- Lead Architect: Sébastien Gnaedig
- Associate Architect: Agathe Marimbert
- City: Bailly-Romainvilliers
- Country: France
Text description provided by the architects. Located in the “parc international d’entreprises” of Val d’Europe, in Bailly -Romainvilliers (FR), the project is in the heart of a rapidly growing monofunctional economic activity zone, following the establishment of Disneyland Paris.
Architectural intention. With this context in mind, the project had to put forward a strong architectural identity within a site and a region that has an indistinct architectural identity, made of pastiches.
The architects decided to enhance and re-interpret the industrial nature of the site within its architectural language, in an attempt to initiate a dialogue with the neighboring factories. By using simple and industrial materials, the architects wanted to convey a certain simplicity and discretion. The project questions the archetype of what business premises should look like in an economic activity zone. The idea is simple: build a cost-effective and long-lasting construction that reflects its function, whilst offering a high-quality workplace for its users.
The project offers two distinct access points: the pedestrian and car entrance are located south-west of the site, while the lorries access the site from the north-west entrance. A turning area, located between the two main buildings, allows lorries to maneuver on the site. This dissociation grants security and ease of use, creating two separate areas on the site: the northern part of the site handles the supply constraints, while the southern part responds to the office needs of the program. Office spaces are oriented west and south, while the storage spaces and loading areas face north and east.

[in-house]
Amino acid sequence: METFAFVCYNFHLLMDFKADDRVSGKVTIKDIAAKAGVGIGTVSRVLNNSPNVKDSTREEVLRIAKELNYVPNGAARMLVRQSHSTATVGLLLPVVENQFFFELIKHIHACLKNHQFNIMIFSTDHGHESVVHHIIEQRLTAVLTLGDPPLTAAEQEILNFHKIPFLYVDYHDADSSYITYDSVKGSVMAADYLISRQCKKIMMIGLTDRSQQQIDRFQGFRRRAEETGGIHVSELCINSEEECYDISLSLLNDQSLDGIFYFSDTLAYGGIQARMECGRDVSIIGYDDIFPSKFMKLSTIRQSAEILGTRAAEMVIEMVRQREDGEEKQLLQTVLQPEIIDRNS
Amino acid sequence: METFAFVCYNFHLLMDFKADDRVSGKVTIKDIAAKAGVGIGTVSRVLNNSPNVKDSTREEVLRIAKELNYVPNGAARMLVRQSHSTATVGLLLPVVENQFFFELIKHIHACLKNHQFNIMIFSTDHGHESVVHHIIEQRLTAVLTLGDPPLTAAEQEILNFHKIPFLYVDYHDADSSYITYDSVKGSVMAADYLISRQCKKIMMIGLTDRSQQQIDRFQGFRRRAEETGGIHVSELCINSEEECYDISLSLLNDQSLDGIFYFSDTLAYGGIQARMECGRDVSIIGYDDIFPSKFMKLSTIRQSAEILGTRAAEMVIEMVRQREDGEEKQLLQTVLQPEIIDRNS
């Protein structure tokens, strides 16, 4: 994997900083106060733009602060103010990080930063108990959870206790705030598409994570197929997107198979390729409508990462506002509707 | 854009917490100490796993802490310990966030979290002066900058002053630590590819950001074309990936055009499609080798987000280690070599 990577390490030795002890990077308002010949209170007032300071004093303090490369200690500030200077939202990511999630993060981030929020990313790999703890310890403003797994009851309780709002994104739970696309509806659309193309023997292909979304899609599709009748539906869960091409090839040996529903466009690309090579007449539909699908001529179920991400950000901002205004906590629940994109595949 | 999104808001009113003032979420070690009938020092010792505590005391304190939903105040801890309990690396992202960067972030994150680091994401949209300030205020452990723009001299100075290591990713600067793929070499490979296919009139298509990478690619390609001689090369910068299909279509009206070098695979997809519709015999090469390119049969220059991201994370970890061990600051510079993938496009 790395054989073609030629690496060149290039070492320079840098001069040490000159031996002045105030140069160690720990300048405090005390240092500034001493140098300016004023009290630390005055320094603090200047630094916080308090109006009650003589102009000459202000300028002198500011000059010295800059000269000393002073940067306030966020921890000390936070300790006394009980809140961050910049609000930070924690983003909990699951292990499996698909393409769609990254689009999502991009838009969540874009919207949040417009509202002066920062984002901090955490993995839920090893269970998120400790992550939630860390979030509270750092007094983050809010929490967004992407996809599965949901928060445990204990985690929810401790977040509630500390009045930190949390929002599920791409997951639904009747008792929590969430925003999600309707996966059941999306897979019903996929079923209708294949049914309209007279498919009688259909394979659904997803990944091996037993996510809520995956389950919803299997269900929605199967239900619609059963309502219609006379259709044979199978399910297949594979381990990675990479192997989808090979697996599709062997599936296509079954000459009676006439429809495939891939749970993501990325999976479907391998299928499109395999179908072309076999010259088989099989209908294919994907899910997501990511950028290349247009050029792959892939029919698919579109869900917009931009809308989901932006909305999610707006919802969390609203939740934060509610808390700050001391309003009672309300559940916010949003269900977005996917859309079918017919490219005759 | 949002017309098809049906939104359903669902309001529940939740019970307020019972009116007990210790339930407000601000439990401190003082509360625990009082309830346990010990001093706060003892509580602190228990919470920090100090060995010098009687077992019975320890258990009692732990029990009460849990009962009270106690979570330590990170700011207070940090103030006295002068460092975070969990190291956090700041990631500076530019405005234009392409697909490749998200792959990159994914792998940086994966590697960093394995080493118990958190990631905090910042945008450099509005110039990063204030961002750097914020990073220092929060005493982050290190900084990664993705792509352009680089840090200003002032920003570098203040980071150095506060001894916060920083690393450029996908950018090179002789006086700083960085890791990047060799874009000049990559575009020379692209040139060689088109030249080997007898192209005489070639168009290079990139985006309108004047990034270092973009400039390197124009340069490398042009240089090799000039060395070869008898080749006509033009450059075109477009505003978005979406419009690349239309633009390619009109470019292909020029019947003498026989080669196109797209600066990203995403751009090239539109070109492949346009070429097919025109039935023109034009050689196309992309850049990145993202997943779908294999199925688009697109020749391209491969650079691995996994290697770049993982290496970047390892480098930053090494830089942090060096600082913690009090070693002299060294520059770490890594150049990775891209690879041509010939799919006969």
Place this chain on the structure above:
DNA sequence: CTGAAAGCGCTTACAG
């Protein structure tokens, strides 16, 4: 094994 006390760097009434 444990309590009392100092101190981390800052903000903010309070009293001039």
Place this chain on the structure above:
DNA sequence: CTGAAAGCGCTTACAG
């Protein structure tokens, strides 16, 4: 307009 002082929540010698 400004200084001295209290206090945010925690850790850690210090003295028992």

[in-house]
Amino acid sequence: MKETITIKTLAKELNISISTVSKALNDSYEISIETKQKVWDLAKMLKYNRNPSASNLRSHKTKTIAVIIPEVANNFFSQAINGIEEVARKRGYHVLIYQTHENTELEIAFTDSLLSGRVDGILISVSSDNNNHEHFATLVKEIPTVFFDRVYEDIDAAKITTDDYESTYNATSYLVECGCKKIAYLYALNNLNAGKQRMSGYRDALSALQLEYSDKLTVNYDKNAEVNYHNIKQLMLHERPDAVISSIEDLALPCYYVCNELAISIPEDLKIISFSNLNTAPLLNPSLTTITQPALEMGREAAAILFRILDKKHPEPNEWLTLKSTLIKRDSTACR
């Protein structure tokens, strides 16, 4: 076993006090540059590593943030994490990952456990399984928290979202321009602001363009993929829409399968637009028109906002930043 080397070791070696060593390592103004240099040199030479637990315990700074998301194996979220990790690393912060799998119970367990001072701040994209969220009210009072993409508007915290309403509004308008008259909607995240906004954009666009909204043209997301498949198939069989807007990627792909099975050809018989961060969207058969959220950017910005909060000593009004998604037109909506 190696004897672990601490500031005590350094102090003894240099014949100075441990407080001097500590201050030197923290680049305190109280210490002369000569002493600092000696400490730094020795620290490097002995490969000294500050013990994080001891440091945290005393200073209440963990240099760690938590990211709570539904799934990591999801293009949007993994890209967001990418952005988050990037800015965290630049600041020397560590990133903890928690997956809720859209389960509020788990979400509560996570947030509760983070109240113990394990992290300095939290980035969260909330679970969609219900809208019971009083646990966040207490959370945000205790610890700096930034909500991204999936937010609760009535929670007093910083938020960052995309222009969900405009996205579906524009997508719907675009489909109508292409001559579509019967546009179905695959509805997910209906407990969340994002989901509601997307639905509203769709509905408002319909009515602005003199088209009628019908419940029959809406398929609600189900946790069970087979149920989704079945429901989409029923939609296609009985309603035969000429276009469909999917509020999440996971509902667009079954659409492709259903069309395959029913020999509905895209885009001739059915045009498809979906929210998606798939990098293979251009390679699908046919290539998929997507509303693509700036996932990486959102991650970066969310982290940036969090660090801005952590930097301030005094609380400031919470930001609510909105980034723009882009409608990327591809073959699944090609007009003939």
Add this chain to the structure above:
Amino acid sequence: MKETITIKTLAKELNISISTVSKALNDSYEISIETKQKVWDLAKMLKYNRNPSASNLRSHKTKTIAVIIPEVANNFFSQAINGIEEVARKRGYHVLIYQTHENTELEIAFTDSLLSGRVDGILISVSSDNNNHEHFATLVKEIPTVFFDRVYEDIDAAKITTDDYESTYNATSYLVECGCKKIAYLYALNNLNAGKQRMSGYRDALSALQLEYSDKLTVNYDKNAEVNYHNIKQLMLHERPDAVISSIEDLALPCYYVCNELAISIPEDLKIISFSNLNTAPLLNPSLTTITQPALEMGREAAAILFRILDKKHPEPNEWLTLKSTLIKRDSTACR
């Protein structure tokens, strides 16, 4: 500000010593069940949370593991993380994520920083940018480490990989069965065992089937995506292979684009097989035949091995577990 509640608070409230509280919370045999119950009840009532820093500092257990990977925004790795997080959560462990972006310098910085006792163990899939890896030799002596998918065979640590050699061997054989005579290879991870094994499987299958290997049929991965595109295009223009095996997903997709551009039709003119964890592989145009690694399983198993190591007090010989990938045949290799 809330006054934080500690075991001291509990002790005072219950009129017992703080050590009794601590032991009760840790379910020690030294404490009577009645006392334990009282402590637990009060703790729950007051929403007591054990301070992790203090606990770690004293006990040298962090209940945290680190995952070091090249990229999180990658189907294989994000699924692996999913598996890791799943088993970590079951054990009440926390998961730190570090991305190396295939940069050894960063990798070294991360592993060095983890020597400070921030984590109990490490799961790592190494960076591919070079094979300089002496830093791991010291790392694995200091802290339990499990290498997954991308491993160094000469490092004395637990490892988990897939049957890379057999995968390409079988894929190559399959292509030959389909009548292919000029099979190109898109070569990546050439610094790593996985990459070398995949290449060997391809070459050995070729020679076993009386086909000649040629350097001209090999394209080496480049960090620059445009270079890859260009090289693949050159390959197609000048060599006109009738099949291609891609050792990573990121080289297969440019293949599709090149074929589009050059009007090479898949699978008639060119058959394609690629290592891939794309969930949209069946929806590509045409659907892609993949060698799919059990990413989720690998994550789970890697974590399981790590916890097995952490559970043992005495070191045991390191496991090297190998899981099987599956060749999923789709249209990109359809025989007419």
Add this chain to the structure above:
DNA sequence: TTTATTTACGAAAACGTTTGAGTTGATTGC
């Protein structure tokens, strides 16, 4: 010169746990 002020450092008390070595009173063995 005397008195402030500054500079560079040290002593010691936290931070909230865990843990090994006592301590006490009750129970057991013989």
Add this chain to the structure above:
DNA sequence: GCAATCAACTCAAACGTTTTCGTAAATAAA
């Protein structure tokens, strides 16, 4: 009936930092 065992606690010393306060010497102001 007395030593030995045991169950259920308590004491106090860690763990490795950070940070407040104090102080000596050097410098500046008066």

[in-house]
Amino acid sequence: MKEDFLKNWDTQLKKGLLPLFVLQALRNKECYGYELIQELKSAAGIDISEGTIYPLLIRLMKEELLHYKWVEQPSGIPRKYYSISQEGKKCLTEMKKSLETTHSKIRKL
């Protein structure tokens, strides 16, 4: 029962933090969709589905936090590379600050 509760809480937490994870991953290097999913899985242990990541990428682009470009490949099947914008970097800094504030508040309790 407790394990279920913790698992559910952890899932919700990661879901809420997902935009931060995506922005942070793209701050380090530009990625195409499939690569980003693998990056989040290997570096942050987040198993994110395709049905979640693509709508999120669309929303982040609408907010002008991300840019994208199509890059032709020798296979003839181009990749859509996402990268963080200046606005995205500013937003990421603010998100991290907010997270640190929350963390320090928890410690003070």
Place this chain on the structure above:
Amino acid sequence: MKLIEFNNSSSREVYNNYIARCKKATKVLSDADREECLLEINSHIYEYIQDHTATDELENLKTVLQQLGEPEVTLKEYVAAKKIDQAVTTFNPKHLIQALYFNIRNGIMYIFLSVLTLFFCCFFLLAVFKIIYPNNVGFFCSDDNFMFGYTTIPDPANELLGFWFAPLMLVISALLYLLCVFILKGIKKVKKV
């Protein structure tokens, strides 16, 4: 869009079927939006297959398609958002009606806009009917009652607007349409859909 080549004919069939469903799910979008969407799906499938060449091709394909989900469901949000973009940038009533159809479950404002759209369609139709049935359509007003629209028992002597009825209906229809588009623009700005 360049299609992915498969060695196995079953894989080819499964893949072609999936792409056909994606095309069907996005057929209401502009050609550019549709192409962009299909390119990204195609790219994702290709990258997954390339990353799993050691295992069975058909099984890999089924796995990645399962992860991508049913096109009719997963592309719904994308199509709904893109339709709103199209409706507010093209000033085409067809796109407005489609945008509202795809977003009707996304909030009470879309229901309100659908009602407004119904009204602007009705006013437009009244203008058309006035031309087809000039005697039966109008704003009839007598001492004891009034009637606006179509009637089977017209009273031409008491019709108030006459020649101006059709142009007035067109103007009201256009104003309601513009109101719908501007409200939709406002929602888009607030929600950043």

Volumetry / materiality. In order to break their linearity, the facades offer recessed volumes to mark the entrances, that are adorned with contrasting materiality. In order to preserve a volumetric unity, the upper part of the cladding of the main façade goes over these volumes, allowing the simplicity of form, while emphasizing the transparent subtlety of the metallic mesh that filters the sun on those spaces. The slight curvature of the roof creates a more dynamic volume and marks the entrance of the site from the surrounding areas.
The steel frame structure of the building led the architects to choose a cladding with similar materiality. The two buildings reflect their program and are adorned with a simple white corrugated steel cladding, typical in the industrial field. A wave difference in the white cladding, between the ground and the first floor, creates a slight visual variation of the two stories and accentuates the stratum effect. The same cladding is used in perforated form to create a metallic mesh that wraps the buildings, filters the solar gain, and offers ethereal views from the inside. The use of the same wave between the constructive facade and the mesh allows a smooth transition between the two complexes. In contrast, the patios are cladded with anodized cassettes, bringing warmth and contrast to the entrance spaces.
Interior. The interior follows the initial manifest and reveals the constructive system of the building: the collaborative metal form-slab and the steel roof are visible, as well as the steel frame structure. The electrical and ventilation systems are visible, except in the offices, where a white wood wool ceiling is used to create an acoustically comfortable workspace. Woven vinyl flooring with red hints combined with timber and glass partitions complete the palette.